Several days ago, I got into a debate with some friends about whether we invented mathematics or discovered it. Most of them seem to have gravitated towards the “discovered” side, while I am left alone with only a few allies to defend the “invented” side. I’ve used this board for referencing other subjects we’ve argued about, but I cannot turn up any related threads by searching for keywords like “math,” “discovered,” and “invented.” So I present this question: Was mathematics invented or discovered by humans?

Briefly, here are the main points of each side so far. I cite examples such as logarithms; the way it was once explained by a teacher was along the lines of “…and here, mathematicians were stuck on how to proceed. So they made up a new method.” I also use right triangle trig ratios. What’s special about a 90 degree angle in nature? Some of the other side’s arguments are based on the natural world having many patterns, such as the multiplication rate of bacteria. All of classical physics is also a sticking point – if we invented mathematics, did we also invent physics? Or just invent the way to interpret physics?

[My apologies if this appears twice, I’m getting error messages from the server when I try to submit this…]

That’s a tricky question to answer until you distinguish between math as “mathematical properties of the real world” and math as “formal systems of mathematics”.

As an example of the former, consider the phenomenon of “one”, i.e. unity. We certainly didn’t invent unity. But on the other hand we did invent the formal system known as arithmetic. Specifically, (if I may over-simplify for a moment here) the mathematician Peano set down the axioms and rules of arithmetic. Those axioms and rules together make up a formal system which appears to describe certain natural phenomena like “one”, “zero”, and “addition”, but the formal system is not the same thing as the natural phenomena.

In other words, you and your friends are each partly correct: we invented a language to describe things that we discovered. In the same way we invented the colour wheel as one way of describing colours, and Newtonian mechanics as one way of describing the motion of the planets.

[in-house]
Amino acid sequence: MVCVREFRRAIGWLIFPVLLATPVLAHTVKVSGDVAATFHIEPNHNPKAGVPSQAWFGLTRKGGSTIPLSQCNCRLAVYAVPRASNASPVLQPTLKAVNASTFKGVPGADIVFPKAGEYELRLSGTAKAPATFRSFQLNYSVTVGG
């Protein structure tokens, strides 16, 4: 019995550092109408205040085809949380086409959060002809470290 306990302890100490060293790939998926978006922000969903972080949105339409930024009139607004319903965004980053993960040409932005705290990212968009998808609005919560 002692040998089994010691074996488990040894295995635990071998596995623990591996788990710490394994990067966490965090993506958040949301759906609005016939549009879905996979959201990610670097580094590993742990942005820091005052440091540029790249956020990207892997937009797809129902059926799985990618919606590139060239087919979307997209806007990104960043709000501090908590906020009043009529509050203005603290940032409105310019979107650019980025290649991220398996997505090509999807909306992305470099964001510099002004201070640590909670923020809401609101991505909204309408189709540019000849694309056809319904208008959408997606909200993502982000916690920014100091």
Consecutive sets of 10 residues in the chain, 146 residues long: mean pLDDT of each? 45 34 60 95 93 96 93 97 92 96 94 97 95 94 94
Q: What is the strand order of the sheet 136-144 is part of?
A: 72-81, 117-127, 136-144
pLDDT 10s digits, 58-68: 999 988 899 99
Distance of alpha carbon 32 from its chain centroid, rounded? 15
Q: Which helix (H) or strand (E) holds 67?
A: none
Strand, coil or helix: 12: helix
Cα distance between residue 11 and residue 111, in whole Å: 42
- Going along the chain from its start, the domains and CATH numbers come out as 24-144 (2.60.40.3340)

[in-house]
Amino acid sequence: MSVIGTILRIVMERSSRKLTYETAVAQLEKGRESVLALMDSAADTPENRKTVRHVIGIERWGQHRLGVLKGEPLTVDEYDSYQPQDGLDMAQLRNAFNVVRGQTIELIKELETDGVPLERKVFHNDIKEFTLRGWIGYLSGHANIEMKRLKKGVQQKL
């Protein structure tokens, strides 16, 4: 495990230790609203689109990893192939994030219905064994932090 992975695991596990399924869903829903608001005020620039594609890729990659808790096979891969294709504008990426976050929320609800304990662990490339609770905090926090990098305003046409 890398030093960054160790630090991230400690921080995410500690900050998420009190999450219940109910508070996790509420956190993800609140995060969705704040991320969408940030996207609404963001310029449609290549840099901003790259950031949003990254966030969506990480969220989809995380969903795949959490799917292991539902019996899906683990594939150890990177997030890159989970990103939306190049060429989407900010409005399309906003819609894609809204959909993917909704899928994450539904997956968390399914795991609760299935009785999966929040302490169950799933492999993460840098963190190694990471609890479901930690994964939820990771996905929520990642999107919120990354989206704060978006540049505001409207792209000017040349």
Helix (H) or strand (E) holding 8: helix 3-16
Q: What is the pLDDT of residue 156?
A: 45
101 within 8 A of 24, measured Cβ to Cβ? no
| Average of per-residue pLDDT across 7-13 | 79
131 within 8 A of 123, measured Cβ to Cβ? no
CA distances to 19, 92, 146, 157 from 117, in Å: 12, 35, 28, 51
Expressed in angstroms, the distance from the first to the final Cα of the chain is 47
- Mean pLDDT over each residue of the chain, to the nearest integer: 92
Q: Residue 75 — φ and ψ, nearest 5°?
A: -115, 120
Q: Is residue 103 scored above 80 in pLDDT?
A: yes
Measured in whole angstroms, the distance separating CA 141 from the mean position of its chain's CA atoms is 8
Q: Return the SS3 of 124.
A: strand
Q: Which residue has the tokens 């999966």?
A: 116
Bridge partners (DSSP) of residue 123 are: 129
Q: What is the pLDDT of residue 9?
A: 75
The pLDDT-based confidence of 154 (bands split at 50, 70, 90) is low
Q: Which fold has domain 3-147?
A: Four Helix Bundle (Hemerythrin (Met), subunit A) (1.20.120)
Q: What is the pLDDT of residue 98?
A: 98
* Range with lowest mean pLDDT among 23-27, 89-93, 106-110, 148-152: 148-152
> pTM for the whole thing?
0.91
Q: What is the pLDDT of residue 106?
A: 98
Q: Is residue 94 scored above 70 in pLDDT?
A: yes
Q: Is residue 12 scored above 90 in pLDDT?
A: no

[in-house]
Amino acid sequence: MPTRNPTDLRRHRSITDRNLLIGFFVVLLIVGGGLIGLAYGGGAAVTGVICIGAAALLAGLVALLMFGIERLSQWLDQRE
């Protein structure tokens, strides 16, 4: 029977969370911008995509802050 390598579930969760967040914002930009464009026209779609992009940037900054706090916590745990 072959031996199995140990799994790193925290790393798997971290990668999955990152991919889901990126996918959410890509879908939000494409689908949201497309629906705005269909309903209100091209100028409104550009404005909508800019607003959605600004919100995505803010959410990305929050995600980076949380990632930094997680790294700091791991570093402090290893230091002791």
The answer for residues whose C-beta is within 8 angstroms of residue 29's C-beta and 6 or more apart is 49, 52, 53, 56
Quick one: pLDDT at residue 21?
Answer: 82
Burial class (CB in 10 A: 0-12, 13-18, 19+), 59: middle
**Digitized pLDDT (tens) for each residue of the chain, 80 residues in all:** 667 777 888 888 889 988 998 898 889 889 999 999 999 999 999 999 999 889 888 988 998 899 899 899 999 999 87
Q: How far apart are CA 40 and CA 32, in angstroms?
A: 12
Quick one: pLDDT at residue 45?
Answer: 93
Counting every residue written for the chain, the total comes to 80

I’m going to cast my vote for discovered. Although the development of mathematics could have gone slightly differently, the general principles are set and can’t be altered.

Take the specific example of the 90 degree angle. Right angles have a lot of important occurences in “the real world”, so I doubt that any mathematical system could exist without giving them special signifigance. In force fields such as gravity or magnetic fields, you do no work moving a particle in the field if and only if you move the particle at right angles to the field.

Well, I’ve been on hiatus of late and after having spoken with Gaudere the other night, I felt I ought to return to her domain once again. So…

The real world doesn’t posess any mathematical properties, it only has physical properties. Mathematics is a construct of human mental faculties (although I suppose it is possible that other species may have some simliar notion). This construct is utilized to understand our perceptions by processing the information and assimilating it into the construct. The earth has physical properties of magnetic field, mass, motion, etc., and the nature of these properties is expressed through a formal system. Motion is not a mathematical property, but velocity can be quantified in terms of other constructs, namely space and time. Space and time are constructs in and of themselves, but they are also understood in terms of formal systems.

Although I find your definition of the numeral one intriguing, I think it is misleading. Is the number one of mathematics really equivalent to the concept of unity? If I think of the universe as a whole, the concept of one and unity are synonymous. If I think of a number line, the concept of one and unity are not synonymous. Then again, I think unity is a concept, or construct, just as is the number one.

Would you provide some examples of how the items you listed are phenomena in nature? I fail to understand how zero is an occurence in nature or how addition is a phenomenon.